Saturday, 24 August 2019
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Farting rainbows and unicorns – Paul Vienneau on the government’s response to the accessible washrooms decision

Paul Vienneau speaks with reporters during the human rights tribunal earlier this year. Photo Robert Devet

Note: Paul Vienneau was one of several complainants in the human rights tribunal that recently found government to act in a discriminatory manner by not enforcing food safety regulations that forbid restaurants from having non-accessible washrooms.

KJIPUKTUK (Halifax) – The provincial government’s press release from Friday, October 12 sounds as if the goal was to work together with the accessibility advocates from the start.

Yet here we are, not a word of acknowledgement that they fully intended to continue to act in a discriminatory fashion against wheelchair users in Nova Scotia. When wheelchair users asked the government to stop selectively enforcing their own regulations relating to hand washing in restaurants, their response was to fight us.

Selectively not enforcing regulations for a specific group is the textbook definition of discrimination, and the adjudicator for our human rights tribunal agreed with us, and we prevailed.

Way back in very early September the adjudicator told them to fix the problem from that day on, and to enforce their regulations. Yet the government’s press release speaks of “working with the stakeholders” to find a solution, as if this was their idea all along.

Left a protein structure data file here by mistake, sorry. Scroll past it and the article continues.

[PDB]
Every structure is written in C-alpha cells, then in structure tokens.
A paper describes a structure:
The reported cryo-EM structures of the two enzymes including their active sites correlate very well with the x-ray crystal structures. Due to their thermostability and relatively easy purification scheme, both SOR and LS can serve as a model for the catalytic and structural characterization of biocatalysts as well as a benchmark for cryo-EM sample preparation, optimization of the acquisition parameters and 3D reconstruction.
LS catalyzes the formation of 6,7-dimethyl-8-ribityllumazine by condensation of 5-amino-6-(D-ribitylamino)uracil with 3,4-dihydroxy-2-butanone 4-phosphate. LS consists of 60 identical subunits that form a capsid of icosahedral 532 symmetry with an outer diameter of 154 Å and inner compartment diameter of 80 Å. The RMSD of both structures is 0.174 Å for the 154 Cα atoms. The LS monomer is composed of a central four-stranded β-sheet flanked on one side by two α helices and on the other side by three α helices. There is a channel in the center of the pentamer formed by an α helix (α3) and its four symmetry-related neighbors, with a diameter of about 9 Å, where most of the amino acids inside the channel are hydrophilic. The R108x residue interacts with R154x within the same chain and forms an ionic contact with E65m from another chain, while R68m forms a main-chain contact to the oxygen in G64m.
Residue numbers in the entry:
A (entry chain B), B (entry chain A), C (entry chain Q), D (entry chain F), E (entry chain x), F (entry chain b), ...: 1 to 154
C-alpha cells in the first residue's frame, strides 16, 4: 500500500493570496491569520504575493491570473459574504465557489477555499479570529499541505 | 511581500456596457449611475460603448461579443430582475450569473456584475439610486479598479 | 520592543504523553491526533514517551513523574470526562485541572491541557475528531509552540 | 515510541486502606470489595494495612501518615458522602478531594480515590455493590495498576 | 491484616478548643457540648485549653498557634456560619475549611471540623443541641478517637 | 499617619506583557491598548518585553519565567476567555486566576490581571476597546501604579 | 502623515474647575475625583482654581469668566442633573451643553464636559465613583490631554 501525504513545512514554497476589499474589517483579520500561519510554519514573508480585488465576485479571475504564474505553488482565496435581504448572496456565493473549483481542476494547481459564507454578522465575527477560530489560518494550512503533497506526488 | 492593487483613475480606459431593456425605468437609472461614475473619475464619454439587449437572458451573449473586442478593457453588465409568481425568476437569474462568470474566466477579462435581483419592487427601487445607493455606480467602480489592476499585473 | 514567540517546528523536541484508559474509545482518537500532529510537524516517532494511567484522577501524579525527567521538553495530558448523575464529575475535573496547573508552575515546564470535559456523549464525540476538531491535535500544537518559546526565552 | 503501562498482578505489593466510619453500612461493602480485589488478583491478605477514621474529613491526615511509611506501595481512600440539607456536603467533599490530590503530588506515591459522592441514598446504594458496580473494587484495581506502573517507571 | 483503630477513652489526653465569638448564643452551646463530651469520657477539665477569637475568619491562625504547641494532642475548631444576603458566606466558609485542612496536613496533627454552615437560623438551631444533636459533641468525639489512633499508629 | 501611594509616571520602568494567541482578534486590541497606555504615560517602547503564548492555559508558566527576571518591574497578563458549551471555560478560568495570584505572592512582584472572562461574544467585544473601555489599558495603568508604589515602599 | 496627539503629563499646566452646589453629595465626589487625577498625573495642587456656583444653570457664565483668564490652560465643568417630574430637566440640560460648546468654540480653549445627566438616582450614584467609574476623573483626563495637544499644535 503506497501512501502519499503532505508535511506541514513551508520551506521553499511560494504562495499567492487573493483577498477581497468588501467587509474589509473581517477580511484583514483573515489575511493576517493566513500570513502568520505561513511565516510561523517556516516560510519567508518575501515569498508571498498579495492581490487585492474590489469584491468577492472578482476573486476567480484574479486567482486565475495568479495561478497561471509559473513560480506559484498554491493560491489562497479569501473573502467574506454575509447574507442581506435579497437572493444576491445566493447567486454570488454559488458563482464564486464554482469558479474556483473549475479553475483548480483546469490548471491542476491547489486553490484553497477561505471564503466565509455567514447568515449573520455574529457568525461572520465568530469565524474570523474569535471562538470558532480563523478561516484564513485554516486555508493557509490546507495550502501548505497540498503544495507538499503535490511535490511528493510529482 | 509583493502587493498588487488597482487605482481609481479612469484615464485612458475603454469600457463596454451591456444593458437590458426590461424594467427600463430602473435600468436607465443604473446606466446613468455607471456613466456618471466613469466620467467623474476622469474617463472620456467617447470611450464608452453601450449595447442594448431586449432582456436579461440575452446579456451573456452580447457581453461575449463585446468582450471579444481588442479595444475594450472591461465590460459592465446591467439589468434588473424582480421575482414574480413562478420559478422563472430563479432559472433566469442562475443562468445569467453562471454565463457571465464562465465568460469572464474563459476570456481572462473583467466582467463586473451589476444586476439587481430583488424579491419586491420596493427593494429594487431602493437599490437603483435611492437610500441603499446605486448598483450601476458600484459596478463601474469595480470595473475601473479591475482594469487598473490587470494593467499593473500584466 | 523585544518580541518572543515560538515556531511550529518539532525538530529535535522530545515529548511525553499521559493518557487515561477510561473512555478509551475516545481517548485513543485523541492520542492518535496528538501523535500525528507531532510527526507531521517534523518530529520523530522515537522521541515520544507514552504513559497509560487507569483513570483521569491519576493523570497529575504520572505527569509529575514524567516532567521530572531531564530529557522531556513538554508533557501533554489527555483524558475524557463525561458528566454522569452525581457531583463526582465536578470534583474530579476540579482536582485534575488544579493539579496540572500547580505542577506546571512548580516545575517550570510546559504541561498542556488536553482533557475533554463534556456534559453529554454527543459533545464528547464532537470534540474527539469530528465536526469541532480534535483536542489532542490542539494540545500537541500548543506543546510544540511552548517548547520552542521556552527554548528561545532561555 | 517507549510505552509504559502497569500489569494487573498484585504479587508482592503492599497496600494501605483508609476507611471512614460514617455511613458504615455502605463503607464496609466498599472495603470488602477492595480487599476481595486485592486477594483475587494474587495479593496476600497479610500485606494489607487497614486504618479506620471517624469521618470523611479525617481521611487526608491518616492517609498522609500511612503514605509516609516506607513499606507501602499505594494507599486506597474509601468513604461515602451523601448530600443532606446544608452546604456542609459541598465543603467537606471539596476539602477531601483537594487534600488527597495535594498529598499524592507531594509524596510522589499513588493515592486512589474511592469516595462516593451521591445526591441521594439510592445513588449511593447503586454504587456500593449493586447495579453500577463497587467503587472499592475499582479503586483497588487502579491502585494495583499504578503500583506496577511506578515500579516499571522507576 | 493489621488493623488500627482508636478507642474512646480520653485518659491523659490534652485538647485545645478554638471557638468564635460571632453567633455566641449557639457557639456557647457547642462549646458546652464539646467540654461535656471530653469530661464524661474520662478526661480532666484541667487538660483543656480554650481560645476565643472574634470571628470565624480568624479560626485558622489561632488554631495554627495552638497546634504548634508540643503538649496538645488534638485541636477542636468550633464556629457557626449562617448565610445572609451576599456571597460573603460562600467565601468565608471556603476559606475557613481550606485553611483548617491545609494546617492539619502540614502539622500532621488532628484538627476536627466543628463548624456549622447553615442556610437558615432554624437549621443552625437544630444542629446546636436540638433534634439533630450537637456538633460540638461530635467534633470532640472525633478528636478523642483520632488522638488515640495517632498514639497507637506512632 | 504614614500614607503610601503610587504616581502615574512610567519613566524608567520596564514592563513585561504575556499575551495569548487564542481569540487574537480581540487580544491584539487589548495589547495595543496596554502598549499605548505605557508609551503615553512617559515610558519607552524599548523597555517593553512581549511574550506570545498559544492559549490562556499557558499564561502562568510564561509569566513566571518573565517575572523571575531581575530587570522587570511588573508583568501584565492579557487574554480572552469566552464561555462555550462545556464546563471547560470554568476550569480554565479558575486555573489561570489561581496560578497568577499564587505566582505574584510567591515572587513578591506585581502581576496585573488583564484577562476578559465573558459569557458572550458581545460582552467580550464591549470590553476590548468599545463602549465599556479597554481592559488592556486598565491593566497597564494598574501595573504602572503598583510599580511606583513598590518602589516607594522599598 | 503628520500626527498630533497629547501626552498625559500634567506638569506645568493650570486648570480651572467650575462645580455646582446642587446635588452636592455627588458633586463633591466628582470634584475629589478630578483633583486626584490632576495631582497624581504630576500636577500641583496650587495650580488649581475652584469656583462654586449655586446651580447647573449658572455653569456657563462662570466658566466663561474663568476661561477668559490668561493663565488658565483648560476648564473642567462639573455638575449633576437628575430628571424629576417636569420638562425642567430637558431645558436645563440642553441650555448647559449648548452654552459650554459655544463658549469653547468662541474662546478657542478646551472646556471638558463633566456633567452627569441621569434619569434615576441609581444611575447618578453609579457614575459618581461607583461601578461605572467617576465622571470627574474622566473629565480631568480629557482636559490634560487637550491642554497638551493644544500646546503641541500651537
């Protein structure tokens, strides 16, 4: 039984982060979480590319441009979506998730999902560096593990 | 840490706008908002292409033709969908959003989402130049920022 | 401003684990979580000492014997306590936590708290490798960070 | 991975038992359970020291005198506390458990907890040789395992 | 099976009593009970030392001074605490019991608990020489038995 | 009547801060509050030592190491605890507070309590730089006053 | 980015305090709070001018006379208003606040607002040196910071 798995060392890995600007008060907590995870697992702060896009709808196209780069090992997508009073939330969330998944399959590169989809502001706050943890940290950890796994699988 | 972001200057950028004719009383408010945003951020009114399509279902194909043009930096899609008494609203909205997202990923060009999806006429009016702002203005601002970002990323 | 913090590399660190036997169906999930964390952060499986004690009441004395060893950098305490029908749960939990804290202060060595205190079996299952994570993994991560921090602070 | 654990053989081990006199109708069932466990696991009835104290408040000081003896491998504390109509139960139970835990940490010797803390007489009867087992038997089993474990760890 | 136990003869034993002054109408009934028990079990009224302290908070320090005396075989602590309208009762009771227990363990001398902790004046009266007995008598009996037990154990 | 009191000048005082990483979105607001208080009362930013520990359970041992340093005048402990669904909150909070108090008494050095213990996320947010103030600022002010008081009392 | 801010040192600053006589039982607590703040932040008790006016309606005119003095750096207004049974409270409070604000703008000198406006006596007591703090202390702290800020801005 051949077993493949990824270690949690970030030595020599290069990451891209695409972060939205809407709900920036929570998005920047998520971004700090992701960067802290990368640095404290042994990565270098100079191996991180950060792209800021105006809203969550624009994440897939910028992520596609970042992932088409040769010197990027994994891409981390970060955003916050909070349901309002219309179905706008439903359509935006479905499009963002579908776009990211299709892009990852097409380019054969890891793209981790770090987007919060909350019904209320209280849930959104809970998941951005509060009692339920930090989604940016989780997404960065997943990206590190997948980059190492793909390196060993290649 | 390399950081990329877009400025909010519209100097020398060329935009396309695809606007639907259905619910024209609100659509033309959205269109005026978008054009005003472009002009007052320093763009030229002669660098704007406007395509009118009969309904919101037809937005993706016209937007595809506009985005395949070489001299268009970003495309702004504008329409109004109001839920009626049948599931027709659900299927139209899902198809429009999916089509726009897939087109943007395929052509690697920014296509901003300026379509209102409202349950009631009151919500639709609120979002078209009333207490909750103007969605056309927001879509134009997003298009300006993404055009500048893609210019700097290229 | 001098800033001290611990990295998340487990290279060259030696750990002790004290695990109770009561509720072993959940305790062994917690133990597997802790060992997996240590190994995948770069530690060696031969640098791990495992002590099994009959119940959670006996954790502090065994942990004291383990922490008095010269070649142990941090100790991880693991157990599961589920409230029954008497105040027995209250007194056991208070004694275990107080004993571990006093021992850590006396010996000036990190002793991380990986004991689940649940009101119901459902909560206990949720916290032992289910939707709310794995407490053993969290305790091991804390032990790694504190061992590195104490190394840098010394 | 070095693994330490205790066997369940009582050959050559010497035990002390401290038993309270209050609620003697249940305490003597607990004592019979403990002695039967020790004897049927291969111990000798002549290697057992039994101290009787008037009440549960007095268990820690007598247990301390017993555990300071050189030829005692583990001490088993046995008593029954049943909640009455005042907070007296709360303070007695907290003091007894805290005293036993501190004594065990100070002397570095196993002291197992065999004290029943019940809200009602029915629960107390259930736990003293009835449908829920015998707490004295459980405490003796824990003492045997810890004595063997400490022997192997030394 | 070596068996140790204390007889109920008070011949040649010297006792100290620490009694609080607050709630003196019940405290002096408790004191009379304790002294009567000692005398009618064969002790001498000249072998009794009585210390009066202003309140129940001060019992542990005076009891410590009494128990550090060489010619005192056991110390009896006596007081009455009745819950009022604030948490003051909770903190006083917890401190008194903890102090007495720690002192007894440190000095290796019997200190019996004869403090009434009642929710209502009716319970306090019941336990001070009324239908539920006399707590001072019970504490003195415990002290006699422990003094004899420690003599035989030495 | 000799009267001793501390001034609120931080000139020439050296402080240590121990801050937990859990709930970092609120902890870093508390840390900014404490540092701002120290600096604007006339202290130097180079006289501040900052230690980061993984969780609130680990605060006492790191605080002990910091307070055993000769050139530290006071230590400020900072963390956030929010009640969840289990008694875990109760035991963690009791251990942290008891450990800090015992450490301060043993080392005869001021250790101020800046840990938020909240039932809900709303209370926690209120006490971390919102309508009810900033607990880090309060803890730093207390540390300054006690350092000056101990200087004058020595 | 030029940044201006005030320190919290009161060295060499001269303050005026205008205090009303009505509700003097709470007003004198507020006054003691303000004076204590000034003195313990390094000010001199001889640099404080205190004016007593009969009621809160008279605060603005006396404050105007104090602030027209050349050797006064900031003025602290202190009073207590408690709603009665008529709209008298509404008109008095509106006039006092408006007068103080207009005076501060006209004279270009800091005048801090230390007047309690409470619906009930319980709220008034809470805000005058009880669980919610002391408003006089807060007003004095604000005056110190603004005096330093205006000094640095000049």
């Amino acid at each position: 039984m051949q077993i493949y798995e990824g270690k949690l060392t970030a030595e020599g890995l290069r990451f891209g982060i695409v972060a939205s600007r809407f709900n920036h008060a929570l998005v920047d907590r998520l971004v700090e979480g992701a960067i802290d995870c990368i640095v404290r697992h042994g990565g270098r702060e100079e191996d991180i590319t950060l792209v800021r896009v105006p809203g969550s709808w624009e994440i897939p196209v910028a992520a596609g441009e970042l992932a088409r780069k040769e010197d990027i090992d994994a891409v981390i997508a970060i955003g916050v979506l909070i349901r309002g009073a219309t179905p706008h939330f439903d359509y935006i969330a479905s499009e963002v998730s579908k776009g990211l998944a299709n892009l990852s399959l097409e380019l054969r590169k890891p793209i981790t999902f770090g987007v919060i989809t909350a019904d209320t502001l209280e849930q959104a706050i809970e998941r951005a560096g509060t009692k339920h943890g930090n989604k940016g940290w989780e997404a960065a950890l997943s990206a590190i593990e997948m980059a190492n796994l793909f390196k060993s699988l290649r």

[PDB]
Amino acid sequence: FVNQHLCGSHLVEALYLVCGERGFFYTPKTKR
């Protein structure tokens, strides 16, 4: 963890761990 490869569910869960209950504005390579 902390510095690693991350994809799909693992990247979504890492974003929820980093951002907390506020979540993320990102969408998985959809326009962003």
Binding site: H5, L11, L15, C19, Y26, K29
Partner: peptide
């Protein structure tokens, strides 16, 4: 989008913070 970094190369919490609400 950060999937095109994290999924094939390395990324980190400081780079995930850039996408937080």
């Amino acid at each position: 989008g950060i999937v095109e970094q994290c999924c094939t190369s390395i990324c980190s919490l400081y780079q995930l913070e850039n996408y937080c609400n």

The solution is to do what you have been told you must do under the law: enforce your regulations relating to our  right of hygiene, which the United Nations has designated a basic human right. Instead of solving this issue the very next day (as they were told to do), they sent out their press release the day after this sitting of the legislature, and very late on a Friday, the day colloquially known as The Day Press Releases Go To Die.

The provincial government is justified in speaking proudly of Bill 59, The Accessibility Bill. Our community was invited to help create the content for the bill, which is unprecedented, I have been told. It is one of the highlights of my life that I was part of the Bill 59 Community Coalition, a deaf and disabled group of activists and citizens who worked hard over several months to brief the legislature’s Law Amendments Committee on our aspirations for the coming bill.

Meanwhile, the government defends cutting of funding for long term care homes where disabled and elderly people (who are disabled by age) are suffering and dying from easily prevented pressure sores. It is death by neglect for these folks.

And when asked to enforce their own regulations, their reaction was to fight us.

Our own Nova Scotia Human Rights Commission denied us TWICE, and had to be told by a Supreme Court justice to perform their stated mission, to investigate(at the very least) any and all complaints they recieve.

I believe it was an 800-odd day space between our complaint and the human rights tribunal. The Human Rights Commission, from which the Bill 59 Community Coalition received a human rights award this year, offered no assistance yet sent two lawyers(one a student) to “observe”.

I encourage all of you to rise above writing angry emails and letters, to do more than just share things on social media. Make contact with those who can help your cause and build relationships based on acknowledging the humanity in each other and working together to fix what’s wrong.

I’m grateful our hard work paid off. This just shows the importance of disabled people being a part of the process where our rights are concerned. The government’s instinct is to continue to treat us as children and do “for us”.

As we say in the advocacy business: “nothing about us without us.”

See also: Victory for wheelchair users in human rights case, and another embarrassment of the Nova Scotia Human Rights Commission

 


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